Why Did Vincent Van Gogh Paint Sunflowers?
Vincent van Gogh painted sunflowers primarily to brighten his friend's bedroom. The cheerful flowers reminded van Gogh of the yellow house that he and fellow artist Paul Gauguin had once shared. In 1888, van Gogh left Holland and moved to Arles, France, where he planned to share a studio with Gauguin and hoped to found an artistic community, according to the History Channel's website.
Though van Gogh created a few sunflower paintings prior to 1888, there is a distinct difference between those and the still-life oils that came later. His earlier works were of cut sunflowers, whereas his 1888-1889 paintings featured sunflowers in vases, according to the Van Gogh Gallery. Apparently he considered only two of the famous paintings worthy of his signature.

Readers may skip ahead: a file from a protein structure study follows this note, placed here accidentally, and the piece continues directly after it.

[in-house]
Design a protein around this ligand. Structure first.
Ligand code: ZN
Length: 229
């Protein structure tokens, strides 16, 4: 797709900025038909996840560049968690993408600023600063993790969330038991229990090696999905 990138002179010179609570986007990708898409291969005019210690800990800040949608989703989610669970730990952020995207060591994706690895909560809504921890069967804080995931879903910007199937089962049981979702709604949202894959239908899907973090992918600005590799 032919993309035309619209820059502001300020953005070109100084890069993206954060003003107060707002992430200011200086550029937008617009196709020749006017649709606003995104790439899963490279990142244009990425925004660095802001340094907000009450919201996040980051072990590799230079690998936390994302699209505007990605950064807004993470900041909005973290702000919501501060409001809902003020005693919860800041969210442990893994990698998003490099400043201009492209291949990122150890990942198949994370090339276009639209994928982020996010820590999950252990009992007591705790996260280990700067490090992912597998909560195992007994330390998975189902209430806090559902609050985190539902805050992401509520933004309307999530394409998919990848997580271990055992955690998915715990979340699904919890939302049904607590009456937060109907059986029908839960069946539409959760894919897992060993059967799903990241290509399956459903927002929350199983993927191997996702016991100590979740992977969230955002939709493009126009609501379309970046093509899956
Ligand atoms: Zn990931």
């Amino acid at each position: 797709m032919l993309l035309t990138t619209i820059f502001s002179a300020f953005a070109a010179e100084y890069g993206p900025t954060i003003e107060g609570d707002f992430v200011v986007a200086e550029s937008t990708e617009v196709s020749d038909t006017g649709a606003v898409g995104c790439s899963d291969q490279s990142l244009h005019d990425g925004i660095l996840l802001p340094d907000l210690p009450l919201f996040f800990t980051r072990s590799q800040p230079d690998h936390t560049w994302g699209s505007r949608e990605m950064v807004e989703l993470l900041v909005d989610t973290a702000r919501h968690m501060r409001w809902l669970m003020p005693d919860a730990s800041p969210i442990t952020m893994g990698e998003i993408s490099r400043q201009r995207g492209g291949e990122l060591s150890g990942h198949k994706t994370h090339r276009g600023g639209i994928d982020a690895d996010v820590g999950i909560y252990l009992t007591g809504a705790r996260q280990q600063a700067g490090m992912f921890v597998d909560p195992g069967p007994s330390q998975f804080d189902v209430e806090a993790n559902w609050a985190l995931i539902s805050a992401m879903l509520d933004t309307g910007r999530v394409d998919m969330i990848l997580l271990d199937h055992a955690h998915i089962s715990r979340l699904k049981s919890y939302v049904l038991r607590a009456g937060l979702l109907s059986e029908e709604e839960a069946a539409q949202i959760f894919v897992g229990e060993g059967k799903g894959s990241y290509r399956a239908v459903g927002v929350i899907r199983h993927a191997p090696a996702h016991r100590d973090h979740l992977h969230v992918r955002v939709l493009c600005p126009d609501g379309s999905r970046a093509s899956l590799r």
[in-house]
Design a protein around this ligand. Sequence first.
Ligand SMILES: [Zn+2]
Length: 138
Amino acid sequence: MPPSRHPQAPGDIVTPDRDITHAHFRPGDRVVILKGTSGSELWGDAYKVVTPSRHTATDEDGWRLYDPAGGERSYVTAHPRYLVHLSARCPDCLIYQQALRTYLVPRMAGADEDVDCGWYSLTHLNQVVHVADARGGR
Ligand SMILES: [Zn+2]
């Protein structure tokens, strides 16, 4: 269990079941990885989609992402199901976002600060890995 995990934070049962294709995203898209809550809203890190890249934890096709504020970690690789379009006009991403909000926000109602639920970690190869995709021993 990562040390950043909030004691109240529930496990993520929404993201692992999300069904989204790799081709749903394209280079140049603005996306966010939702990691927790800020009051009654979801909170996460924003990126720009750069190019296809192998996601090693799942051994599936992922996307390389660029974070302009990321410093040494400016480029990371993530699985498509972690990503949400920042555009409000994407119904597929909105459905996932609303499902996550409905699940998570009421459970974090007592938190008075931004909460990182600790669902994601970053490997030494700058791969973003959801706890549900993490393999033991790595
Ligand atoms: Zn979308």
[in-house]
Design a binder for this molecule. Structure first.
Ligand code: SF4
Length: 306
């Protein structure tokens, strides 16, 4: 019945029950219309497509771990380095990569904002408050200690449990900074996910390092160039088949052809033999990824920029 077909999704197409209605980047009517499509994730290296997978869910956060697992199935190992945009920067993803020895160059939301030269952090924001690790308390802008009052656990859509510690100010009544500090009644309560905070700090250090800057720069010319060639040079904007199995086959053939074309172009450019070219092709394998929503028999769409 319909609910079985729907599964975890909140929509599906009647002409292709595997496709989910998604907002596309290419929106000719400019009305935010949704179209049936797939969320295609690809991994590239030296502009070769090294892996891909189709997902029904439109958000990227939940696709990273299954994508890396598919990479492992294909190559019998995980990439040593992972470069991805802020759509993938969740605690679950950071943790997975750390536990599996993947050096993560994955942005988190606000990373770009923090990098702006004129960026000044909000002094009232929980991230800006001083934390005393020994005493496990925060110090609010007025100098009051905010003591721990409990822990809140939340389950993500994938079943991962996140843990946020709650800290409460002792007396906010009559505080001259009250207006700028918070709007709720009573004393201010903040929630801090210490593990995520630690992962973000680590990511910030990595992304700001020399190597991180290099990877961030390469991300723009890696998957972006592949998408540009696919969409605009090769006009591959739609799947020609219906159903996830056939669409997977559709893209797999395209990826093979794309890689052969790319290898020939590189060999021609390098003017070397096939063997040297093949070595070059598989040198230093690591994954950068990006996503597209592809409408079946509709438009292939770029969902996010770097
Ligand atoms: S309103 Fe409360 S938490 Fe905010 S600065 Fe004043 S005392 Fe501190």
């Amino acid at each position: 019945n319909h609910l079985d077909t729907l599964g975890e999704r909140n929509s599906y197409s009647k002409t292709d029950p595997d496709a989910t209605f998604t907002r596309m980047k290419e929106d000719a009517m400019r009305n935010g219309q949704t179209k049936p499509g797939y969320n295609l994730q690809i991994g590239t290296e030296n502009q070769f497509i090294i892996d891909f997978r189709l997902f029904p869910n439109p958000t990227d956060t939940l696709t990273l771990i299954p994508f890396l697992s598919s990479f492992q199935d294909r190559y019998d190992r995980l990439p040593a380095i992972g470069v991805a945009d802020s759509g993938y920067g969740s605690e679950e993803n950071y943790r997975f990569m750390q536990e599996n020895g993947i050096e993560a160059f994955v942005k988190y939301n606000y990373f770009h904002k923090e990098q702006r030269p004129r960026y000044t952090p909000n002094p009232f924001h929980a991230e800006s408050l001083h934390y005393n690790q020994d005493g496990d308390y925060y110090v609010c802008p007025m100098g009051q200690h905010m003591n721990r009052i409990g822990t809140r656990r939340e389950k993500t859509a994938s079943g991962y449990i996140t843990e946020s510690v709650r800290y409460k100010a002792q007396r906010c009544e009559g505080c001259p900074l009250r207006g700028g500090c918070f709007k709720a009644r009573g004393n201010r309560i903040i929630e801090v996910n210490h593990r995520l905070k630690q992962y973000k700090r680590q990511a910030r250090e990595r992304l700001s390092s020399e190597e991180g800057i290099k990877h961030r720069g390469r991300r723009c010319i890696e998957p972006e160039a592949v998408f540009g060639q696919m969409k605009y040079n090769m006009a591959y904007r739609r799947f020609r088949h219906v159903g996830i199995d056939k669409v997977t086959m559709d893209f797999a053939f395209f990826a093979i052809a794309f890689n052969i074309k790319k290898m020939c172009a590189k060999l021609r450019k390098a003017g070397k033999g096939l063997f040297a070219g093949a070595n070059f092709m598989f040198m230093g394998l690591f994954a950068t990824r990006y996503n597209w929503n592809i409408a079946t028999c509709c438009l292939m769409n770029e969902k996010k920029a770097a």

Vincent van Gogh was plagued by depression and hallucinations. Much of his work is considered heavily biographical, and his mood swings can be detected in the sunflower series. Some of the flowers are vivid and brightly colored, made possible by vibrant pigments that were not manufactured until the 19th century. Others were painted with arid browns and portrayed as wilting and withered.
In 1890, Vincent van Gogh was found dead with a gunshot wound that appeared to be self-inflicted. A canvas from his "Sunflower" series was purchased in 1987 by an art collector from Japan for a record-breaking $40 million.